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CD47 is a widely distributed membrane protein that interacts with signal-regulatory protein α (SIRPα), an inhibitory receptor on myeloid cells that gives a "don't-eat-me" signal. Manipulation of the interaction is of considerable interest in the immunotherapy of cancer and in xenotransplantation. The amino-terminal ligand binding domain of SIRPα is highly polymorphic in contrast to the single Ig-like domain of CD47. There is confusion as to whether the polymorphisms will affect ligand binding, but this is an important point for this interaction and other paired receptors being considered as targets for therapy. We show by x-ray crystallography that one human SIRPα allele differing in 13 amino acid residues has a very similar binding site and that several different alleles all bind CD47 with similar affinity as expected because the residues are mostly surface-exposed and distant from the binding site. A peptide from the binding site of CD47 has been reported to mimic the CD47 interaction with SIRPα, but we could find no binding. We discuss the possible pitfalls in determining the affinity of weak interactions and also speculate on how SIRPα polymorphisms may have been selected by pathogens and how this may also be true in other paired receptors such as the KIRs.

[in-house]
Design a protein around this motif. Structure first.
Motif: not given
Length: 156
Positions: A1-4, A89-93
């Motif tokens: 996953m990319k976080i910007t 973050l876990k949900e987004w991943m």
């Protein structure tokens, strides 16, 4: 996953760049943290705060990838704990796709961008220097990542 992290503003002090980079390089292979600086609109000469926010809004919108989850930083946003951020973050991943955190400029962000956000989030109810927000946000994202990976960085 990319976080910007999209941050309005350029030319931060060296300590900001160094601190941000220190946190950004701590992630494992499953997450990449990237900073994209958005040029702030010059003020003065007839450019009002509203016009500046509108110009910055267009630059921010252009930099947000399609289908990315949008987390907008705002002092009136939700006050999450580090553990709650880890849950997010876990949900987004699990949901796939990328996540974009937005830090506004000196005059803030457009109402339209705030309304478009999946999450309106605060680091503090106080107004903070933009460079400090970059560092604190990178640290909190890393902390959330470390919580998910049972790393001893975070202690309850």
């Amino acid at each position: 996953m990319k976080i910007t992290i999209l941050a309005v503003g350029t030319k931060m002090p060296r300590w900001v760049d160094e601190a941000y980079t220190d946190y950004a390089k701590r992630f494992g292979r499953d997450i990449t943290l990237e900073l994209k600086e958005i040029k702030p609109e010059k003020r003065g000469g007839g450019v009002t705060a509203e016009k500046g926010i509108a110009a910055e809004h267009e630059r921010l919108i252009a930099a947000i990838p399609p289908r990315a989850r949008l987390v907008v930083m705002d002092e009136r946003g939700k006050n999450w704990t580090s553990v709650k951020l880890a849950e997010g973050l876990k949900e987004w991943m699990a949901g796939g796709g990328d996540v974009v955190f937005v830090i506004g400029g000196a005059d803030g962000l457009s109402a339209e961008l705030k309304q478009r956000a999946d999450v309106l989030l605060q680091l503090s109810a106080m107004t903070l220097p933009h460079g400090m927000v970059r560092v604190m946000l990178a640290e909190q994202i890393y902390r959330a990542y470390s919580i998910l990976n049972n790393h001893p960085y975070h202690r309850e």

Original publication




Journal article


J Biol Chem

Publication Date





10024 - 10028


CD47, Cancer Therapy, Cell Surface Receptor, Immunology, Inhibitory Receptor, Leukocyte, Membrane Proteins, Peptide Interactions, Protein Structure, SIRPα, Alleles, Animals, Antigens, Differentiation, Binding Sites, CD47 Antigen, CHO Cells, Cricetinae, Cricetulus, Humans, Ligands, Peptides, Polymorphism, Genetic, Protein Binding, Receptors, Immunologic